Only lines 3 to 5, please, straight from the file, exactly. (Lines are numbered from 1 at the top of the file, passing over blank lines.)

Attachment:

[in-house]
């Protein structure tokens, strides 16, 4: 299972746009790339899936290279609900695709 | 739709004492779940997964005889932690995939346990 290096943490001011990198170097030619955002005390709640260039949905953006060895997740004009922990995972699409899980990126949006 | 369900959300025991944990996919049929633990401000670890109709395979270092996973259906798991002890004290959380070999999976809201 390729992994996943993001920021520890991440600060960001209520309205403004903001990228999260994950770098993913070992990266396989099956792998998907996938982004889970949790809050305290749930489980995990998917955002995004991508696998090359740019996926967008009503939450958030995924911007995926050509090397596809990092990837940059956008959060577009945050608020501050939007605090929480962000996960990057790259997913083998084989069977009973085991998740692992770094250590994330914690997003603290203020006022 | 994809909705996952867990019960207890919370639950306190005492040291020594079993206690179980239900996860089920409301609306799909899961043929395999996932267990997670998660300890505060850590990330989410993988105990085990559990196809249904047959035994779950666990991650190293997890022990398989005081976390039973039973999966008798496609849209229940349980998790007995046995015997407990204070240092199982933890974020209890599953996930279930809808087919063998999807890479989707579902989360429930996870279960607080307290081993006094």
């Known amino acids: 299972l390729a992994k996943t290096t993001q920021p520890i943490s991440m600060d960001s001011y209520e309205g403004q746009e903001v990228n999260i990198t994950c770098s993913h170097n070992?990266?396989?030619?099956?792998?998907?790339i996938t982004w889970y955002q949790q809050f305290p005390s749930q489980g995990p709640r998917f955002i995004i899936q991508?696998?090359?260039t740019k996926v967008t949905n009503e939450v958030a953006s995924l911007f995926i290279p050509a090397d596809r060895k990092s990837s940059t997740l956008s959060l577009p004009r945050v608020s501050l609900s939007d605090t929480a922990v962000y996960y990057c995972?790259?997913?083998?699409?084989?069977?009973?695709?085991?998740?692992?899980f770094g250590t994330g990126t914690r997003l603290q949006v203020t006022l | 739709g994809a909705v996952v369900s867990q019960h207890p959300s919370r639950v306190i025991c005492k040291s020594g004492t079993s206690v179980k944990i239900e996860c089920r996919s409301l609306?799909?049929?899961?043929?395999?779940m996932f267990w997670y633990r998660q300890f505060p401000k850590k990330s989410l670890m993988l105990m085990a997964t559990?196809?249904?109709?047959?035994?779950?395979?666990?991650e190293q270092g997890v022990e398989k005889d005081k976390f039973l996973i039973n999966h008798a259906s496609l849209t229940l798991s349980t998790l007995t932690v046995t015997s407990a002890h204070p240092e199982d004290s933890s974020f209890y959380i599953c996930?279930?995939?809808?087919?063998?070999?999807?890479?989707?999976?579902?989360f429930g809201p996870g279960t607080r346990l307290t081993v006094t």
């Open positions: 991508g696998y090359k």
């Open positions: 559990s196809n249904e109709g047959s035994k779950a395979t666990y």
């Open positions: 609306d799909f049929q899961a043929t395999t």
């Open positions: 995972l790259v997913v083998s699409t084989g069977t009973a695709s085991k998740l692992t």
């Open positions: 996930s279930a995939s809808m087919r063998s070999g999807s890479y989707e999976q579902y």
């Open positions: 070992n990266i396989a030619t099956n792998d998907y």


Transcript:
């Known amino acids: 299972l390729a992994k996943t290096t993001q920021p520890i943490s991440m600060d960001s001011y209520e309205g403004q746009e903001v990228n999260i990198t994950c770098s993913h170097n070992?990266?396989?030619?099956?792998?998907?790339i996938t982004w889970y955002q949790q809050f305290p005390s749930q489980g995990p709640r998917f955002i995004i899936q991508?696998?090359?260039t740019k996926v967008t949905n009503e939450v958030a953006s995924l911007f995926i290279p050509a090397d596809r060895k990092s990837s940059t997740l956008s959060l577009p004009r945050v608020s501050l609900s939007d605090t929480a922990v962000y996960y990057c995972?790259?997913?083998?699409?084989?069977?009973?695709?085991?998740?692992?899980f770094g250590t994330g990126t914690r997003l603290q949006v203020t006022l | 739709g994809a909705v996952v369900s867990q019960h207890p959300s919370r639950v306190i025991c005492k040291s020594g004492t079993s206690v179980k944990i239900e996860c089920r996919s409301l609306?799909?049929?899961?043929?395999?779940m996932f267990w997670y633990r998660q300890f505060p401000k850590k990330s989410l670890m993988l105990m085990a997964t559990?196809?249904?109709?047959?035994?779950?395979?666990?991650e190293q270092g997890v022990e398989k005889d005081k976390f039973l996973i039973n999966h008798a259906s496609l849209t229940l798991s349980t998790l007995t932690v046995t015997s407990a002890h204070p240092e199982d004290s933890s974020f209890y959380i599953c996930?279930?995939?809808?087919?063998?070999?999807?890479?989707?999976?579902?989360f429930g809201p996870g279960t607080r346990l307290t081993v006094t």
């Open positions: 991508g696998y090359k």
């Open positions: 559990s196809n249904e109709g047959s035994k779950a395979t666990y």